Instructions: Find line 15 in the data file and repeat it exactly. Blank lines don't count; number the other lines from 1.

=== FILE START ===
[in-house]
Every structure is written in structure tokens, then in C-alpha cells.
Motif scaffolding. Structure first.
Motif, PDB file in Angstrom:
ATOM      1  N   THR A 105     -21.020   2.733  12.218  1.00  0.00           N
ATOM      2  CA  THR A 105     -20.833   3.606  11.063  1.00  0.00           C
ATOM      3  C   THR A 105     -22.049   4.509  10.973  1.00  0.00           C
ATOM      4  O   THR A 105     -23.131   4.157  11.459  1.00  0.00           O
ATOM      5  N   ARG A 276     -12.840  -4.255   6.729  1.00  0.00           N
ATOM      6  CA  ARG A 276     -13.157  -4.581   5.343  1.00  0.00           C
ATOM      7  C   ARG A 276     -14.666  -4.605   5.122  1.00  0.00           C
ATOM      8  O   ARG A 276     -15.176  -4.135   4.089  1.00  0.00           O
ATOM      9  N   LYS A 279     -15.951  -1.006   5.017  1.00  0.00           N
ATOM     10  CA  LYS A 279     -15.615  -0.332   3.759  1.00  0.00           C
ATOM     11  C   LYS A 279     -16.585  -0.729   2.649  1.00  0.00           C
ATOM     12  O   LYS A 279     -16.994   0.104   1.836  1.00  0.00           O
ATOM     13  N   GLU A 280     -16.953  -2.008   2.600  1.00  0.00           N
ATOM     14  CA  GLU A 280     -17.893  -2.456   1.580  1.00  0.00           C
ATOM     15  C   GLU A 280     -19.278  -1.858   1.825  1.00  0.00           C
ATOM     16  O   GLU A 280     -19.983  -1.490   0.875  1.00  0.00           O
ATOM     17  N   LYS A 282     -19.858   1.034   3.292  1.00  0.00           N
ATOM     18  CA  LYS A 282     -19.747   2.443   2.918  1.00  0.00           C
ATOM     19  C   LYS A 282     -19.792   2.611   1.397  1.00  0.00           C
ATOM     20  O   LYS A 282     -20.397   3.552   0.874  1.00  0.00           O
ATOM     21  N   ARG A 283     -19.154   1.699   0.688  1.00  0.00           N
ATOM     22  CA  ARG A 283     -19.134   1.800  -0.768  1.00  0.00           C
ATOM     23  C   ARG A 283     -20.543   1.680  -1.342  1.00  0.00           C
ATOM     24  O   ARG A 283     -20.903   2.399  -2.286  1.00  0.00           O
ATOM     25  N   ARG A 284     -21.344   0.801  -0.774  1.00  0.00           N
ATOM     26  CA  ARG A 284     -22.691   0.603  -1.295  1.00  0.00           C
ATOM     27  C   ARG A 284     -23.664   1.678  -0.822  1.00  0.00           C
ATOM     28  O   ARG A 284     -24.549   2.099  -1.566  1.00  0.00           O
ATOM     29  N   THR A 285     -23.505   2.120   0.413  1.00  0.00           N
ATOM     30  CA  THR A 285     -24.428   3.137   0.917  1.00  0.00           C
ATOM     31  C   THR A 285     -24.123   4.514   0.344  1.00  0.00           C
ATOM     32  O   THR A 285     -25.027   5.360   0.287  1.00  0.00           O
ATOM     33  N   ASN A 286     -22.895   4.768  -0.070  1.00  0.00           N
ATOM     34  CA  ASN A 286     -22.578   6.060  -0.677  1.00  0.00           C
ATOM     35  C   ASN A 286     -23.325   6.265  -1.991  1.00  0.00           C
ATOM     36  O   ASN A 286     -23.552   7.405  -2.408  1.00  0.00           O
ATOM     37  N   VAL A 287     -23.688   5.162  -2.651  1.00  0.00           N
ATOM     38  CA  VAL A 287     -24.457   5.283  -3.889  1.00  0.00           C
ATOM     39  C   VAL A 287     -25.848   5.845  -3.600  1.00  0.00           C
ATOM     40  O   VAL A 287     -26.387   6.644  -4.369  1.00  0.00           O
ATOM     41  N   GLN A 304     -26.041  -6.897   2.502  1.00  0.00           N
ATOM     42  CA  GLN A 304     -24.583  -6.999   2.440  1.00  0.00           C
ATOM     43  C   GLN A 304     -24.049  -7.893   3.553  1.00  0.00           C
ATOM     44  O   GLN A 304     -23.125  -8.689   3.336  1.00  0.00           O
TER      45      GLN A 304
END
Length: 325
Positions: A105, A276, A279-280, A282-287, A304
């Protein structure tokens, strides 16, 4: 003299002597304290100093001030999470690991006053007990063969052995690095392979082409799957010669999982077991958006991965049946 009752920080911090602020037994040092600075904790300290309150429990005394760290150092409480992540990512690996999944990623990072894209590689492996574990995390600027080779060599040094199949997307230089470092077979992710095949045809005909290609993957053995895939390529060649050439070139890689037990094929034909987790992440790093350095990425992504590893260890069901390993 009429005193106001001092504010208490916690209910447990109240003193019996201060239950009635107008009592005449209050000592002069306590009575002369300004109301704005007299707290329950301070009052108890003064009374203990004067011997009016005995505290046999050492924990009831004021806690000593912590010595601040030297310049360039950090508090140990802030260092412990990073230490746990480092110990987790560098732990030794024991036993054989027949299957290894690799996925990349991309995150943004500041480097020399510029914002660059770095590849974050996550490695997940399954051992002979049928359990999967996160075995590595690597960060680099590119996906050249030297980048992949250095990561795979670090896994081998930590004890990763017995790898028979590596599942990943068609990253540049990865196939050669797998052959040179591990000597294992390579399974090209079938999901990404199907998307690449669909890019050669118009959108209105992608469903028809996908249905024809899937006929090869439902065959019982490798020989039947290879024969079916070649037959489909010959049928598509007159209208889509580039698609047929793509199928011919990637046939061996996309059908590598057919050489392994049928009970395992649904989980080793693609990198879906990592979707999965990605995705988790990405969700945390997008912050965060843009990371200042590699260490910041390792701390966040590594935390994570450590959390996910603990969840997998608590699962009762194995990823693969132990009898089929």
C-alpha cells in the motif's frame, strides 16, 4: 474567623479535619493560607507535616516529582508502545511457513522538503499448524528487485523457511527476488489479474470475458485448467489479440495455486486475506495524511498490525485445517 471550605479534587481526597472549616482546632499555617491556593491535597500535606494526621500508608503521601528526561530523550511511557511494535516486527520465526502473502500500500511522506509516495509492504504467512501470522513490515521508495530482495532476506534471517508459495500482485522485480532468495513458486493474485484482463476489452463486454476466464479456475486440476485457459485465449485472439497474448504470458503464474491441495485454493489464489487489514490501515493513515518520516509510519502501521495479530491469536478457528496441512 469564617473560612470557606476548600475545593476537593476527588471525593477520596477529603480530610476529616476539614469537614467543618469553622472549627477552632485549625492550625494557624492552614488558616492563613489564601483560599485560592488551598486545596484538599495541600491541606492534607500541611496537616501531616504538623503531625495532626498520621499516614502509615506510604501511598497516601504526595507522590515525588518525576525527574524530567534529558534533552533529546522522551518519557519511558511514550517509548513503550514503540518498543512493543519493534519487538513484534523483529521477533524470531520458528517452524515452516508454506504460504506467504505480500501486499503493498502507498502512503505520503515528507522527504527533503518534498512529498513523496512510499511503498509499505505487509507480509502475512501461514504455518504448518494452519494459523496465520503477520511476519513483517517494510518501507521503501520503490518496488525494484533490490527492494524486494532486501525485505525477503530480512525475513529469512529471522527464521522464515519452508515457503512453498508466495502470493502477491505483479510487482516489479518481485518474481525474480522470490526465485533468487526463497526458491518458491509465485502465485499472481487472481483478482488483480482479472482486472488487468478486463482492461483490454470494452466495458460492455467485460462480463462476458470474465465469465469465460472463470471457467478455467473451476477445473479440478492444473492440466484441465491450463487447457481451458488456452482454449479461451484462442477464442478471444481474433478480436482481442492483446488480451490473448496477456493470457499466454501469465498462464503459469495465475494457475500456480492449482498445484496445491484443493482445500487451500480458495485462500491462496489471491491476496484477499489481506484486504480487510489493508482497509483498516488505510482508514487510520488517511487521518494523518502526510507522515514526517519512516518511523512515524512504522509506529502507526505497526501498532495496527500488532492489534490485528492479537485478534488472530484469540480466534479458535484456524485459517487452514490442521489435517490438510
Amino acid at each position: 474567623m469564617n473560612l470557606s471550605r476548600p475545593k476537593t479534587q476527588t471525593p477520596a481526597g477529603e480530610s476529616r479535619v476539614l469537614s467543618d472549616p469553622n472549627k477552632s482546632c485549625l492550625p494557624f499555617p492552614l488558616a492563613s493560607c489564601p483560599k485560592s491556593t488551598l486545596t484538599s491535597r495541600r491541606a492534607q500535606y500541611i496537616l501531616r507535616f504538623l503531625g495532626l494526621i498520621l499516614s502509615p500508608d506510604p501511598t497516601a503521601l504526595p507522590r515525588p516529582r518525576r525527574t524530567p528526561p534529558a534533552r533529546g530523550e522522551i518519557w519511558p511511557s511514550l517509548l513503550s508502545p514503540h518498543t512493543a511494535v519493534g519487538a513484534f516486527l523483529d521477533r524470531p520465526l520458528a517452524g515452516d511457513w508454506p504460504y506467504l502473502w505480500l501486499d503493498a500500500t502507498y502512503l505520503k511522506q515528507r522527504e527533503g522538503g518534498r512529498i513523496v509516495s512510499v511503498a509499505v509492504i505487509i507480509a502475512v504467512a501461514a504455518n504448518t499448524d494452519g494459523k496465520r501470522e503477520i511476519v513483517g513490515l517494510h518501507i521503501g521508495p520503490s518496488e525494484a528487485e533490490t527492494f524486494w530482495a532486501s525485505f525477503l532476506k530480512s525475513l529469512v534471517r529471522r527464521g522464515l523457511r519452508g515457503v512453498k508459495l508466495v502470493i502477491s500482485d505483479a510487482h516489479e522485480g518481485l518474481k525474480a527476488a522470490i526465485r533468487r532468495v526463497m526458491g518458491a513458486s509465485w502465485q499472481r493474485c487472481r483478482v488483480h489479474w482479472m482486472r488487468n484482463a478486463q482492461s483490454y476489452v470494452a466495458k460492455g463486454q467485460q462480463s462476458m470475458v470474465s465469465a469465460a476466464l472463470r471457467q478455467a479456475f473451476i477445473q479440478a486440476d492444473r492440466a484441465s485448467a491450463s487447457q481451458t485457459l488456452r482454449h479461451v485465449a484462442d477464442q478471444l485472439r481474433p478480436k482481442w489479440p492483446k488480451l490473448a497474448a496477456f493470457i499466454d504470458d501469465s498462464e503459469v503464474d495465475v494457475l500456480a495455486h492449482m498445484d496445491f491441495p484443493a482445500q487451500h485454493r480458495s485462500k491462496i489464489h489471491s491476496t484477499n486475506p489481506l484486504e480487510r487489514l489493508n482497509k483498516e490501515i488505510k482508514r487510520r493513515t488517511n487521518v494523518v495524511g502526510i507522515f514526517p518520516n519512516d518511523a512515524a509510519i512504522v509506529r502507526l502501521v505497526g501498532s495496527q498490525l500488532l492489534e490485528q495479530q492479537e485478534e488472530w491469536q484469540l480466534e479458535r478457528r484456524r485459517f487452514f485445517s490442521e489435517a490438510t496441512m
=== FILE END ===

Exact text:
ATOM     11  C   LYS A 279     -16.585  -0.729   2.649  1.00  0.00           C